Pflugh, whose father served as the school’s principal for 38 years, said lawmakers gave Friends $1 million to oversee emergency repairs and capital improvements to the campus of 57 buildings. The buildings include a cafeteria, offices, classrooms and cabins for student overnight stays.

In January, the DEP published a call for proposals groups interested in school management; Hajna said they are still in the review process. The DEP said three entities submitted proposals, including the Friends group, DiamondPREP — and Montclair State University.

But Montclair State told Gothamist last week it was withdrawing its proposal to allow the process to proceed “without conflict.”

“We believe our model will support the development of New Jersey’s green economy while embracing the powerful legacy of the School of Conservation. However, the last thing we want is to distract from the school and its mission,” university spokesman Andrew Mees said in a statement.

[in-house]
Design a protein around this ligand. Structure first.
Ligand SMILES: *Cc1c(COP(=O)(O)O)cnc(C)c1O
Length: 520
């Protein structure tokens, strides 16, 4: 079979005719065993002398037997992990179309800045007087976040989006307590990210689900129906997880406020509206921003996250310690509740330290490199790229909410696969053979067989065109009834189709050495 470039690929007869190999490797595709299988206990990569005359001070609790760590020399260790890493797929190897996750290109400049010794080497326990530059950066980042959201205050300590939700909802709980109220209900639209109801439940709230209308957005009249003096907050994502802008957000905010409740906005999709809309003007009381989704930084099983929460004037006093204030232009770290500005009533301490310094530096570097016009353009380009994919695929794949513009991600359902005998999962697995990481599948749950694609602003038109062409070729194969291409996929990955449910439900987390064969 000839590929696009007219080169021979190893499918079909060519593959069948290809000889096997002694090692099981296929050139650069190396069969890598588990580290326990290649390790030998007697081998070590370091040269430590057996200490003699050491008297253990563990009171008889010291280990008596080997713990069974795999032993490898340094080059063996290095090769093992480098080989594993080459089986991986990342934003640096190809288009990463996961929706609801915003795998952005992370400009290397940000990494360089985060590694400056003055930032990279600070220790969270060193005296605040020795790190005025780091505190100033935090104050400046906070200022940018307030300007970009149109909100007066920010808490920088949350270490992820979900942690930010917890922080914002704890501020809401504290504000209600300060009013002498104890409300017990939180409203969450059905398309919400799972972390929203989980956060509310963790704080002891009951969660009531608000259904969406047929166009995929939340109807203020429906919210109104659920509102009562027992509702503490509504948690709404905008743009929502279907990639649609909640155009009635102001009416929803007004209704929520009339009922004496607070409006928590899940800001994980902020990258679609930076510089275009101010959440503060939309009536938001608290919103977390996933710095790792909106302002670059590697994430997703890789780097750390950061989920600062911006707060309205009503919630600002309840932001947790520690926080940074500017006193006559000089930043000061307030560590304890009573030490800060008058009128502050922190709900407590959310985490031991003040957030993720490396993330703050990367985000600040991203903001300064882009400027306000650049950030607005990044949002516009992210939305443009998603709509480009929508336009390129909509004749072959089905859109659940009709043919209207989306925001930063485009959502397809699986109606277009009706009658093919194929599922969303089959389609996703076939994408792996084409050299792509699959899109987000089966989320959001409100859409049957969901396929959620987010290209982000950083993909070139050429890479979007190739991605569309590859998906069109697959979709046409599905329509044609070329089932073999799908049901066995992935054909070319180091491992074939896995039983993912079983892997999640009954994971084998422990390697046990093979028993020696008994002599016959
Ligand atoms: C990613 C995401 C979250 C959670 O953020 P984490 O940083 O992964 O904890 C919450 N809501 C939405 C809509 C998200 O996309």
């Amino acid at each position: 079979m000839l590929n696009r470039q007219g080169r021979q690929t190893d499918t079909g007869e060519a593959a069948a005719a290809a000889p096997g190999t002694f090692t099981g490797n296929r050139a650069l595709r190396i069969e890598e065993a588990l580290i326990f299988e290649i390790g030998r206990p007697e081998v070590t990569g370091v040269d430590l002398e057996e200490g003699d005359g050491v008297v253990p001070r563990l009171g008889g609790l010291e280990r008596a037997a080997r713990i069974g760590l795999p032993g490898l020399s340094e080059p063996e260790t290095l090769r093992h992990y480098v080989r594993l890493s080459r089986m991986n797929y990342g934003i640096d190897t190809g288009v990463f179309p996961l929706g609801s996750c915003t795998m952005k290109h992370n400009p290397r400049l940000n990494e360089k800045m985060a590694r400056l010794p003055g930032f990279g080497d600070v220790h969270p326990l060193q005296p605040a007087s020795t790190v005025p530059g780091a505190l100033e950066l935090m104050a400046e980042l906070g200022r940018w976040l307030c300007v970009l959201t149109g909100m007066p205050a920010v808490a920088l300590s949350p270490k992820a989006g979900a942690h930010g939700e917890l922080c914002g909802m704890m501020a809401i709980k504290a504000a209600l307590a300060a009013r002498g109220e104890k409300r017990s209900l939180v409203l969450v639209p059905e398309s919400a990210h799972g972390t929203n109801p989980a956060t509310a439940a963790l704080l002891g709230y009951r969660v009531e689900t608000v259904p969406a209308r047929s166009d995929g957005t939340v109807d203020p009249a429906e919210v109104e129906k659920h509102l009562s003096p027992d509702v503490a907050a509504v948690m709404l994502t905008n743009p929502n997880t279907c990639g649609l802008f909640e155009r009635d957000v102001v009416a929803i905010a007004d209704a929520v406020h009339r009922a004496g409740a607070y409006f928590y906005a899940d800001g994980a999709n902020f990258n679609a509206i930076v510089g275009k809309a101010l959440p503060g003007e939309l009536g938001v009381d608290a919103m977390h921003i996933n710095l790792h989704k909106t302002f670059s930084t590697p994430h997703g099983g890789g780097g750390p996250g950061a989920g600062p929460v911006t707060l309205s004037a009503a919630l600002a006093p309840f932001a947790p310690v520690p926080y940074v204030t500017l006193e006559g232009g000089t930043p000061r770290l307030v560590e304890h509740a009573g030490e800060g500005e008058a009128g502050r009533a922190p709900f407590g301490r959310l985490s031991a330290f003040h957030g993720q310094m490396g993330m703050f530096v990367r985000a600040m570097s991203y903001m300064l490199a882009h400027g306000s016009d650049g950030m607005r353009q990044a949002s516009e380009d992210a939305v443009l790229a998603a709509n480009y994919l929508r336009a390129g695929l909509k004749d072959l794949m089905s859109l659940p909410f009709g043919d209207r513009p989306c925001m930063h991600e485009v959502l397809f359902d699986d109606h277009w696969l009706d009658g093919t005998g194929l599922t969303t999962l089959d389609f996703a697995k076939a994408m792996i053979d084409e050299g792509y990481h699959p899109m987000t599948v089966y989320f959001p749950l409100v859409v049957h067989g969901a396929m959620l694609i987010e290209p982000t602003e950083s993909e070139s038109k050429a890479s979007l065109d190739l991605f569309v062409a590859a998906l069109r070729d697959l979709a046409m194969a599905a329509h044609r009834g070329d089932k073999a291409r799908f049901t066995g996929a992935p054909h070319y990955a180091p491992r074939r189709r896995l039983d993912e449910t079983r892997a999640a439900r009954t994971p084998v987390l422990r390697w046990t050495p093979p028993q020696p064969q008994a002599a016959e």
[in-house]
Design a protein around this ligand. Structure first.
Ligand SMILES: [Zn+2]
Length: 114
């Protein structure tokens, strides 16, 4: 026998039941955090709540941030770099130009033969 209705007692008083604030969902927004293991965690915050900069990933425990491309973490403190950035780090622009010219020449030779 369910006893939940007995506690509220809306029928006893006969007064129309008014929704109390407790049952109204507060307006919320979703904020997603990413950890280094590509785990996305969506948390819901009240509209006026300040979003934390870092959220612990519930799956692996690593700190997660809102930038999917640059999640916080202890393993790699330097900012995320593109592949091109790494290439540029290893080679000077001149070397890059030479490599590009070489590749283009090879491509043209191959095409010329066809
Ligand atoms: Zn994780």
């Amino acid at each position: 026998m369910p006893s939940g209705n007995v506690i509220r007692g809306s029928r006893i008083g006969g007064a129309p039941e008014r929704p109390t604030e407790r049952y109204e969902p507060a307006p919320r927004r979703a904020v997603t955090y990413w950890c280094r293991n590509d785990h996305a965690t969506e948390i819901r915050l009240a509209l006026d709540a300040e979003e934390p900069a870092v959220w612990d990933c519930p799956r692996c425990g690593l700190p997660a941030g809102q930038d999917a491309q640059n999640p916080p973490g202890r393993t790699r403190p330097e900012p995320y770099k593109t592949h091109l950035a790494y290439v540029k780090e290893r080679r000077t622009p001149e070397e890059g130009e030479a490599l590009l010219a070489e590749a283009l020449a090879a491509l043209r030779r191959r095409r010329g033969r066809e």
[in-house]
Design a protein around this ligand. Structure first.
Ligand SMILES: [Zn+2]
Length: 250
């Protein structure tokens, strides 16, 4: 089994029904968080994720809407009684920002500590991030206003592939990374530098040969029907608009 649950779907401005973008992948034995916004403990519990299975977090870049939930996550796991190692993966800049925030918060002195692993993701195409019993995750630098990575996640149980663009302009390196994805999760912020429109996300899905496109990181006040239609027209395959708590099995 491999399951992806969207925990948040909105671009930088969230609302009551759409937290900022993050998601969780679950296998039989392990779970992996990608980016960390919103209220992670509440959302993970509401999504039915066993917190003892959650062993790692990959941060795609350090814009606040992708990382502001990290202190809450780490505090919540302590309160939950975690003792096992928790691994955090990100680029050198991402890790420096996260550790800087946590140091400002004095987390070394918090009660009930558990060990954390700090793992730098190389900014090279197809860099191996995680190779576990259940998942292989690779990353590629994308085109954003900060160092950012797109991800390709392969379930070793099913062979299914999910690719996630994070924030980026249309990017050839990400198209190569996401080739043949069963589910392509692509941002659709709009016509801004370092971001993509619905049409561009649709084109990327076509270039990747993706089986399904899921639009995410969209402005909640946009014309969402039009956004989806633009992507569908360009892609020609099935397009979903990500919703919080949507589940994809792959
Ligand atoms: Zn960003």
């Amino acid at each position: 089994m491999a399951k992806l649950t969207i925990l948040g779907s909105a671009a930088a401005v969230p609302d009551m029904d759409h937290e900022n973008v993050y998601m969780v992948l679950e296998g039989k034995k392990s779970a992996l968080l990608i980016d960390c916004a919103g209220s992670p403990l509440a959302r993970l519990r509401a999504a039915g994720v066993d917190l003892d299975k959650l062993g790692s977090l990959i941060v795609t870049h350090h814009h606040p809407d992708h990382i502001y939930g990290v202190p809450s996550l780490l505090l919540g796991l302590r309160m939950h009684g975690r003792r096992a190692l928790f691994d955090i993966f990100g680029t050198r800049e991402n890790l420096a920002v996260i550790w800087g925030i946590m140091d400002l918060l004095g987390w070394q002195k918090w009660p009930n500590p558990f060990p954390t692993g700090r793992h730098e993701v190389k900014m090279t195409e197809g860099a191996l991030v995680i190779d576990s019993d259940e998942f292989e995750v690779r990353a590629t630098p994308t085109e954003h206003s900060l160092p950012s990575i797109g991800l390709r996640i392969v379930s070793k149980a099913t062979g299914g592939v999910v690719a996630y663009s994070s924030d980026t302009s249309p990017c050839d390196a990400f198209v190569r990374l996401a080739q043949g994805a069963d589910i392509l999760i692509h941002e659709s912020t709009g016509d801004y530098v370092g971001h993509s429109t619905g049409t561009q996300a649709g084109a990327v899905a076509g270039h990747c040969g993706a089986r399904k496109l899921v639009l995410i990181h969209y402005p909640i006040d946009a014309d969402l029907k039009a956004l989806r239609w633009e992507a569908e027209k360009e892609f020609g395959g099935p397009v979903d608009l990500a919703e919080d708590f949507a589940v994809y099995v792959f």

“We wish whoever is chosen to lead this important resource every success, and we will provide any historical information that may assist in their successful stewardship.

The DEP did not confirm whether Montclair State had officially opted out of the process or say when the state would select a new manager for the property.

A pending proposal

Two lawmakers also law projects who would transfer the management of the school to the Friends.

Ed Potosnak, executive director of the New Jersey Conservation Voters Leaguesaid the school has so much potential and could serve as a resource for future generations.